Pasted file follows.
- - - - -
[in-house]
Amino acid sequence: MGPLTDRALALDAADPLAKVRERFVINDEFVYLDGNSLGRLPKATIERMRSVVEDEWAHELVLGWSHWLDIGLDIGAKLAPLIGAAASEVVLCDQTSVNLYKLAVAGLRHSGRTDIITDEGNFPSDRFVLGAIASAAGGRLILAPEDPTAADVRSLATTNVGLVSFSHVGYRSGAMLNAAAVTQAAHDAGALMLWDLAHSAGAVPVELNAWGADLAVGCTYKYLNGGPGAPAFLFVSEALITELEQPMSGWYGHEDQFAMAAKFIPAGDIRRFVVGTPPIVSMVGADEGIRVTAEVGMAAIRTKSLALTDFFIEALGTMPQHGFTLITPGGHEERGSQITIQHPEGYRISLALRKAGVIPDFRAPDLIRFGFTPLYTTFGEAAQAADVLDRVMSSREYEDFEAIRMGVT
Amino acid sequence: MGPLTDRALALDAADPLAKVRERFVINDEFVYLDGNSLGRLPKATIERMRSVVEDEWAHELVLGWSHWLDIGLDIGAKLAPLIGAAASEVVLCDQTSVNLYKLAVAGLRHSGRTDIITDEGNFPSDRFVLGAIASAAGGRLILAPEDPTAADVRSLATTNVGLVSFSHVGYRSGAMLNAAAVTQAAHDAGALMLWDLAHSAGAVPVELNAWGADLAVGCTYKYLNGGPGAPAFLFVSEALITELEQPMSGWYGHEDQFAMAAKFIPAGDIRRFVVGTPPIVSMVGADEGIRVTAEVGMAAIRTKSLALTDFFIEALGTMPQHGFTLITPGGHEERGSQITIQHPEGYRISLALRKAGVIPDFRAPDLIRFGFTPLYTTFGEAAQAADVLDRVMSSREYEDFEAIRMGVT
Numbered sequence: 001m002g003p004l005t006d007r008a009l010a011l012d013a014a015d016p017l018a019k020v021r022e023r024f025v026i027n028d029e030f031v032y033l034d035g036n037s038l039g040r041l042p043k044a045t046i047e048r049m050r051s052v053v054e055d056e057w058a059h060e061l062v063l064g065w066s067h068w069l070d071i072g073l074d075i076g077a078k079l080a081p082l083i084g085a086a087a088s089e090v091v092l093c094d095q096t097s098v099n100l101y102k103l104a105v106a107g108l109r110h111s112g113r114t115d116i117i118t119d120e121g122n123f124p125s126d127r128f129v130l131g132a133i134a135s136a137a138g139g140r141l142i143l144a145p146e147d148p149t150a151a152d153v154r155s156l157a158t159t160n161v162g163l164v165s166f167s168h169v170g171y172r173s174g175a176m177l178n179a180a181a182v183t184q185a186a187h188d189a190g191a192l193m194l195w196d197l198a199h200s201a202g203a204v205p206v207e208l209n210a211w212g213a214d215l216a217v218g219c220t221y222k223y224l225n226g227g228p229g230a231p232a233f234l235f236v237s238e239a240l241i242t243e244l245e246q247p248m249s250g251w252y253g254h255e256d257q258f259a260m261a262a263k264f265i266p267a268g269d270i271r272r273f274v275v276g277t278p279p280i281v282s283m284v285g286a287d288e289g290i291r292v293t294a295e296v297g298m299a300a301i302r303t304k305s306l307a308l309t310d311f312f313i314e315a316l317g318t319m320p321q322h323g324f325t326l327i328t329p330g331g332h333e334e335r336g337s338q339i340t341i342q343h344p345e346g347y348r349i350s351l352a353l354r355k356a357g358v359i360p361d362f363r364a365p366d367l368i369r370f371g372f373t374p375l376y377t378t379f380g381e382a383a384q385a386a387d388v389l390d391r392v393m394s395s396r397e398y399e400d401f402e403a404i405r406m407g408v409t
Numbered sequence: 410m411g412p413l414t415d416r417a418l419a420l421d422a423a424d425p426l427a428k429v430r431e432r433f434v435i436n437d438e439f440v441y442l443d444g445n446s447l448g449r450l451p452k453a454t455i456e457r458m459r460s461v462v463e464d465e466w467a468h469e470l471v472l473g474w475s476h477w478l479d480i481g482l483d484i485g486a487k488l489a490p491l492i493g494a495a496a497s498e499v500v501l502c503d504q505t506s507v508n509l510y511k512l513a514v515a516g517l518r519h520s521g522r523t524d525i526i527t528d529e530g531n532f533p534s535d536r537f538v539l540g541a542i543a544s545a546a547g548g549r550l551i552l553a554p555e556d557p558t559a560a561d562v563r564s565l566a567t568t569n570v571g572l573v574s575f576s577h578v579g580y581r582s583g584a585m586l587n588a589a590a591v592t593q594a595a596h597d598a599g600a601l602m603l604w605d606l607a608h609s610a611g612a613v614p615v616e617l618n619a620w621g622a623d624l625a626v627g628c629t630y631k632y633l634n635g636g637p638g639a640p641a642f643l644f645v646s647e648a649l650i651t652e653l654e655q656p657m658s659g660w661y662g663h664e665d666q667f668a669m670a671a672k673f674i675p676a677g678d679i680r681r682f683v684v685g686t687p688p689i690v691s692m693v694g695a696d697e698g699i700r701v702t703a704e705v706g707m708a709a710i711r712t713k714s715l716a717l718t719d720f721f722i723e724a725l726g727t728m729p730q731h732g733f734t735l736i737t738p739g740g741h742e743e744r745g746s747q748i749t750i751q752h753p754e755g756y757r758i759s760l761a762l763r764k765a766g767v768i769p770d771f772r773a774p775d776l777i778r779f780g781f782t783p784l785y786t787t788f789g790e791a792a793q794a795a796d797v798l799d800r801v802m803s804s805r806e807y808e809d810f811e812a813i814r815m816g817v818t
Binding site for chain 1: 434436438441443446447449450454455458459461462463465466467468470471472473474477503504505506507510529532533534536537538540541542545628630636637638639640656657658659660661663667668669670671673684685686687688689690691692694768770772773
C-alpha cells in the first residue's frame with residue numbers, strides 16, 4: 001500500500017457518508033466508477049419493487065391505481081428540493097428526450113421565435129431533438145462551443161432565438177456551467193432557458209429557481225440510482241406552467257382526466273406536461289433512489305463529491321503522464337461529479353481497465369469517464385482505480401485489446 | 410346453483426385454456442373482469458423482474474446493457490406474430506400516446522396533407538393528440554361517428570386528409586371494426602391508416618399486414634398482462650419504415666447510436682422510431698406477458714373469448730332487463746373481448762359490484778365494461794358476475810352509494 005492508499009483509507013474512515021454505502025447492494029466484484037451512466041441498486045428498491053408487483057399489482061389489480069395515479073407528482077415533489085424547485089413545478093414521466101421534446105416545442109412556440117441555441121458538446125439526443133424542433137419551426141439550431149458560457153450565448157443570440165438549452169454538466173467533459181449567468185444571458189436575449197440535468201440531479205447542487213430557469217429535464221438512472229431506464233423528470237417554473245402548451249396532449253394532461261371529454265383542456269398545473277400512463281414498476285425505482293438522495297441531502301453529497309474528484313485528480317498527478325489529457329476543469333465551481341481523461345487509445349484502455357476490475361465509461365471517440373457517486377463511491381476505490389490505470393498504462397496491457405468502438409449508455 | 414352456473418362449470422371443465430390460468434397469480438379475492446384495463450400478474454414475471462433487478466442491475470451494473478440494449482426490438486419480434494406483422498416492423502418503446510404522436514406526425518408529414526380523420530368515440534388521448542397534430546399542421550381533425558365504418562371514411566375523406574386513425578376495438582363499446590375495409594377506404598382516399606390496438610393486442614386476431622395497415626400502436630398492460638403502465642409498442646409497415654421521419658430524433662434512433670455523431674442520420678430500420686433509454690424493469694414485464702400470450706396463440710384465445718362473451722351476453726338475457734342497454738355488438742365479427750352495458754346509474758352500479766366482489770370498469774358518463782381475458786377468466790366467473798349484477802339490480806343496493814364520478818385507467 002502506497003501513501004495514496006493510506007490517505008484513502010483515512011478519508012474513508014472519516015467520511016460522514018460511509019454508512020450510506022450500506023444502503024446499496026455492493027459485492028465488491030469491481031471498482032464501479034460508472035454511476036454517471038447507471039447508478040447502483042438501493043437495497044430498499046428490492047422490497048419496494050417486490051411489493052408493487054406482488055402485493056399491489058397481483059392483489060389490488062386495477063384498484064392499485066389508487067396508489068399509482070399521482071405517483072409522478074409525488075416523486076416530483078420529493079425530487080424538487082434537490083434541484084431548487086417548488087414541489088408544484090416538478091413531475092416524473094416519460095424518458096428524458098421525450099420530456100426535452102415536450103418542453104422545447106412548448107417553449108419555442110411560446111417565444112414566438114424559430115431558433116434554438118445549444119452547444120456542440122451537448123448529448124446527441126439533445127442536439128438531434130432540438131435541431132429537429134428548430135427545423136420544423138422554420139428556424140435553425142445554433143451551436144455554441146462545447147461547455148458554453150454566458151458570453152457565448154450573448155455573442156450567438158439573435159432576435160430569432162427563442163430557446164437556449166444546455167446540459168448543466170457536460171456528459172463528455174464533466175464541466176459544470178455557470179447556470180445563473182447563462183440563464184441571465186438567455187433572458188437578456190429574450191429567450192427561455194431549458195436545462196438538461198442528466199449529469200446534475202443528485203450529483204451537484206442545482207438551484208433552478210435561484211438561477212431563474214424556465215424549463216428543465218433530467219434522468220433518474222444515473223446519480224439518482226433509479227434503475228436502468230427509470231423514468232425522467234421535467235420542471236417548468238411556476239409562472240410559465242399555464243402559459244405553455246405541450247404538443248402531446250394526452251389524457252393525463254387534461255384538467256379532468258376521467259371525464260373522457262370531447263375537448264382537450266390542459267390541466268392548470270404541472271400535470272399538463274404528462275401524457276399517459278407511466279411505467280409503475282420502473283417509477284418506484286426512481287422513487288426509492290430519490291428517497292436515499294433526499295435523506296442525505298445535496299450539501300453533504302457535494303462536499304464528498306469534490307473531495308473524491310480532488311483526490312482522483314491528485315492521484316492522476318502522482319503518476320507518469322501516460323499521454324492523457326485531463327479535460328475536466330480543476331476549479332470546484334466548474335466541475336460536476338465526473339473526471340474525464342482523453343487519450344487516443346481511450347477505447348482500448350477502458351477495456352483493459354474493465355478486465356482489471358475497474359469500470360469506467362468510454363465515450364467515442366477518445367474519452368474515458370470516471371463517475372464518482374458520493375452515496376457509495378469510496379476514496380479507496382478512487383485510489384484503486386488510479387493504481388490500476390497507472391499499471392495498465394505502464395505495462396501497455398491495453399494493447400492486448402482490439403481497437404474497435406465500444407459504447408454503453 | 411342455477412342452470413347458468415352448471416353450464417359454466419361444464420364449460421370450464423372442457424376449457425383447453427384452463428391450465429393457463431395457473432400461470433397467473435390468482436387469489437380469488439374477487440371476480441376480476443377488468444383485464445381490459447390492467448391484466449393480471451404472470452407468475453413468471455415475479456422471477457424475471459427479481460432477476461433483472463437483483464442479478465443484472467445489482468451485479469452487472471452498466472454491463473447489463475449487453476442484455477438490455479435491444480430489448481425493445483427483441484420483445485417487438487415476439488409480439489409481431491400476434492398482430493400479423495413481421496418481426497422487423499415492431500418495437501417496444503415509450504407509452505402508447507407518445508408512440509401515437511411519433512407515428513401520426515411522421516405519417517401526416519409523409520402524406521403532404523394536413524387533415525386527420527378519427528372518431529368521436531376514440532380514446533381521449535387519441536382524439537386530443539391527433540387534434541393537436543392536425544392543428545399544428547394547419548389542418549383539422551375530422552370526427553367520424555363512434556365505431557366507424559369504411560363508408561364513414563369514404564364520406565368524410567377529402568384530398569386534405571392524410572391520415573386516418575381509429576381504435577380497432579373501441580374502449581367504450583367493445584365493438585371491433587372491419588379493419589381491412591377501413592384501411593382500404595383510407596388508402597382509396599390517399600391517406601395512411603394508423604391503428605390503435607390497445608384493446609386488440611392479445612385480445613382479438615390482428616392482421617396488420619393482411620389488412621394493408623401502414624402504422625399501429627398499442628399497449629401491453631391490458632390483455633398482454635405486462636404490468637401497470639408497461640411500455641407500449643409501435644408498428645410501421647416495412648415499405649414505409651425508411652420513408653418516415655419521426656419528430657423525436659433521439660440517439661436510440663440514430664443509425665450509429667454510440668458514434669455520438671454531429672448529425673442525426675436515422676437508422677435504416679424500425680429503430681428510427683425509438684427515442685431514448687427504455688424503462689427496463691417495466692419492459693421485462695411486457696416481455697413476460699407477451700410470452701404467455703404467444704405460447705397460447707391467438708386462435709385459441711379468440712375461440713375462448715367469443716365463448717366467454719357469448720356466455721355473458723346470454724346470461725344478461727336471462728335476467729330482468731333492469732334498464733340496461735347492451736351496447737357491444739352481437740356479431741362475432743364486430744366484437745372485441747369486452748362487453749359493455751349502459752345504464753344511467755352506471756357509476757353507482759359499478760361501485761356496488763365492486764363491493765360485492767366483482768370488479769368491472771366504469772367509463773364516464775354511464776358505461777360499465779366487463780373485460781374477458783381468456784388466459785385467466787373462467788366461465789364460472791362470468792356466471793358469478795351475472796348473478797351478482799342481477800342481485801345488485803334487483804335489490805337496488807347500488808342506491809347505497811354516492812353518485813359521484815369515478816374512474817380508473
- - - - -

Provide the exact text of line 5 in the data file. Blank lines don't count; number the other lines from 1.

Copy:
Numbered sequence: 410m411g412p413l414t415d416r417a418l419a420l421d422a423a424d425p426l427a428k429v430r431e432r433f434v435i436n437d438e439f440v441y442l443d444g445n446s447l448g449r450l451p452k453a454t455i456e457r458m459r460s461v462v463e464d465e466w467a468h469e470l471v472l473g474w475s476h477w478l479d480i481g482l483d484i485g486a487k488l489a490p491l492i493g494a495a496a497s498e499v500v501l502c503d504q505t506s507v508n509l510y511k512l513a514v515a516g517l518r519h520s521g522r523t524d525i526i527t528d529e530g531n532f533p534s535d536r537f538v539l540g541a542i543a544s545a546a547g548g549r550l551i552l553a554p555e556d557p558t559a560a561d562v563r564s565l566a567t568t569n570v571g572l573v574s575f576s577h578v579g580y581r582s583g584a585m586l587n588a589a590a591v592t593q594a595a596h597d598a599g600a601l602m603l604w605d606l607a608h609s610a611g612a613v614p615v616e617l618n619a620w621g622a623d624l625a626v627g628c629t630y631k632y633l634n635g636g637p638g639a640p641a642f643l644f645v646s647e648a649l650i651t652e653l654e655q656p657m658s659g660w661y662g663h664e665d666q667f668a669m670a671a672k673f674i675p676a677g678d679i680r681r682f683v684v685g686t687p688p689i690v691s692m693v694g695a696d697e698g699i700r701v702t703a704e705v706g707m708a709a710i711r712t713k714s715l716a717l718t719d720f721f722i723e724a725l726g727t728m729p730q731h732g733f734t735l736i737t738p739g740g741h742e743e744r745g746s747q748i749t750i751q752h753p754e755g756y757r758i759s760l761a762l763r764k765a766g767v768i769p770d771f772r773a774p775d776l777i778r779f780g781f782t783p784l785y786t787t788f789g790e791a792a793q794a795a796d797v798l799d800r801v802m803s804s805r806e807y808e809d810f811e812a813i814r815m816g817v818t